|Business leaders lean on politicians to end crisis
|'No one is ready for any compromise'
A delegation of business leaders visited members of the ruling March 14 coalition and the opposition on Tuesday, in the first phase of a week-long push to end the political infighting that has paralyzed the government and Lebanon's economy since mid-November.
First the six representatives appointed by the Economic Committee - an association with members from several key sectors - met with the head of the parliamentary majority, MP Saad Hariri, and his ally, MP Walid Jumblatt. They later visited the head of the opposition Free Patriotic Movement, MP Michel Aoun. On both occasions they pressured the politicians to stop threatening street protests and resume national dialogue sessions.
The president of the Association of Lebanese Industrialists (ALI), who participated in the talks, was not optimistic about the reception.
"Our feeling is that no one is ready for any compromise and everyone is standing by their own conditions," Abboud told The Daily Star in a telephone interview on Tuesday. "Hariri is insisting that this [returning to dialogue] is not possible, and there is just no trust between parties. But there is a solution."
The ALI's position is that the March 14 and March 8 groupings, which have come to dominate Lebanese government since the Syrian withdrawal, do not account for an unaligned third of the population whose voices remain unheard in Parliament.
"ALI is in favor of five or six parliamentary seats going to politicians who are not associated with either March 14 or March 8. These people are truly suffering because of the economic situation, and all they want from the government is health coverage and to be able to live and work in a prosperous country," Abboud said.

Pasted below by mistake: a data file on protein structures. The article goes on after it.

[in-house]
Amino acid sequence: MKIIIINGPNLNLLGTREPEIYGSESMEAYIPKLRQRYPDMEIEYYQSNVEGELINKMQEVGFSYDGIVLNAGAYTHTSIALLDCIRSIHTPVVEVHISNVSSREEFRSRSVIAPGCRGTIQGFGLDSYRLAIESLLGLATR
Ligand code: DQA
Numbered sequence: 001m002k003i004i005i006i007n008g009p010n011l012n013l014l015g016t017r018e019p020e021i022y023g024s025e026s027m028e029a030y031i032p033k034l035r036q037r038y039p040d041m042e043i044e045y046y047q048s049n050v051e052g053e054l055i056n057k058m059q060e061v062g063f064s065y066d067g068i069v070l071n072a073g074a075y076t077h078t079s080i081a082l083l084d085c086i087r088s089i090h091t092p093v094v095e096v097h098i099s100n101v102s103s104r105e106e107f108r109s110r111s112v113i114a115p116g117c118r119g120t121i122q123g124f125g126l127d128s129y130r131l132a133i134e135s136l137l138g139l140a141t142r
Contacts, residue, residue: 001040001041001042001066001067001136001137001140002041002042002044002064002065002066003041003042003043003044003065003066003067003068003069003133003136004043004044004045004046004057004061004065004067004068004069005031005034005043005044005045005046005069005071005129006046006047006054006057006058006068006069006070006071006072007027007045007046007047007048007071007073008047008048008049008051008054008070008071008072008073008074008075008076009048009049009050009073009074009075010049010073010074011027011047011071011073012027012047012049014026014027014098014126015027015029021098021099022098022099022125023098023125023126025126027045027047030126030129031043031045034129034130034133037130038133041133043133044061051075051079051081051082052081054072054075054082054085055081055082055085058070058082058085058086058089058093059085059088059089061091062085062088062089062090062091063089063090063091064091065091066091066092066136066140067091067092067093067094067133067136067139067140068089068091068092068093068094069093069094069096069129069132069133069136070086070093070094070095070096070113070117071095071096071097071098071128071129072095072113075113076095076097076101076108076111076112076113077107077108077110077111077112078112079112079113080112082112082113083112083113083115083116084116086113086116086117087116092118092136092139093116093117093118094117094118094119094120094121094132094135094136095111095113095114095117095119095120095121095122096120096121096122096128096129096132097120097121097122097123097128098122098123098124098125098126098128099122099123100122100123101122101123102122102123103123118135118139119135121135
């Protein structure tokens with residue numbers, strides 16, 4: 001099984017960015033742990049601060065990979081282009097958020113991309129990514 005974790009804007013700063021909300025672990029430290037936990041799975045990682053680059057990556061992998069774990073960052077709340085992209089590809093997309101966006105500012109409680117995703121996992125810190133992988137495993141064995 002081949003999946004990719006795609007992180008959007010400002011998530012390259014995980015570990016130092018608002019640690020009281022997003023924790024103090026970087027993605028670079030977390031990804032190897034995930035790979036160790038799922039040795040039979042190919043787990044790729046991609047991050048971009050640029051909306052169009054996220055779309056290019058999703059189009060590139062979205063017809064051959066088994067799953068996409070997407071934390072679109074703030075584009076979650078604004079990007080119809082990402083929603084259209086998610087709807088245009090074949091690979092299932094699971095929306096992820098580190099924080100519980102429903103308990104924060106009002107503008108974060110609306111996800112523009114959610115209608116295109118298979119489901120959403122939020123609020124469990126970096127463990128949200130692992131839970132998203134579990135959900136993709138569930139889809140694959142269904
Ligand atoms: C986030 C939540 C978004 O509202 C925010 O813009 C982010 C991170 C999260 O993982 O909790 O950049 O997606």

On Wednesday the delegates will meet former President Amin Gemayel, after which "the Maronites among us" will visit Maronite Patriarch Butros Sfeir, said Abboud. On Thursday they plan to visit Lebanese Forces leader Samir Geagea, Speaker Nabih Berri, and "hopefully" the leader of Hizbullah, Sayyed Hassan Nasrallah.
Both Abboud and the committee's secretary general, Adnan Kassar, declined to share the business community's future strategy should this week's campaign prove unsuccessful, since it must be determined by all 14 general assembly members at their next meeting.
But Kassar toed a decidedly less controversial line than Abboud. "We are visiting these officials to make them aware of the serious economic crisis we live in, which is very much a consequence of the recent political events," read a statement from Kassar's office released late Tuesday evening.
The delegation begged politicians, especially the "wise Nabih Berri" not to do anything to jeopardize the economy, since Lebanese businesses cannot handle any more turmoil.
"We have to save Lebanon's economy and ... restore life to the country gradually," said Kassar. "Our only choice is to go back to dialogue and learn from past experiences."
Kassar also dismissed accusations that the committee supported the ruling coalition over other political parties, insisting that last week's largely unobserved two-day strike was not coordinated by the government.
"The Economic Committee in Lebanon has always been united," he argued. "We are nationalistic and would never favor one party."
The Daily Star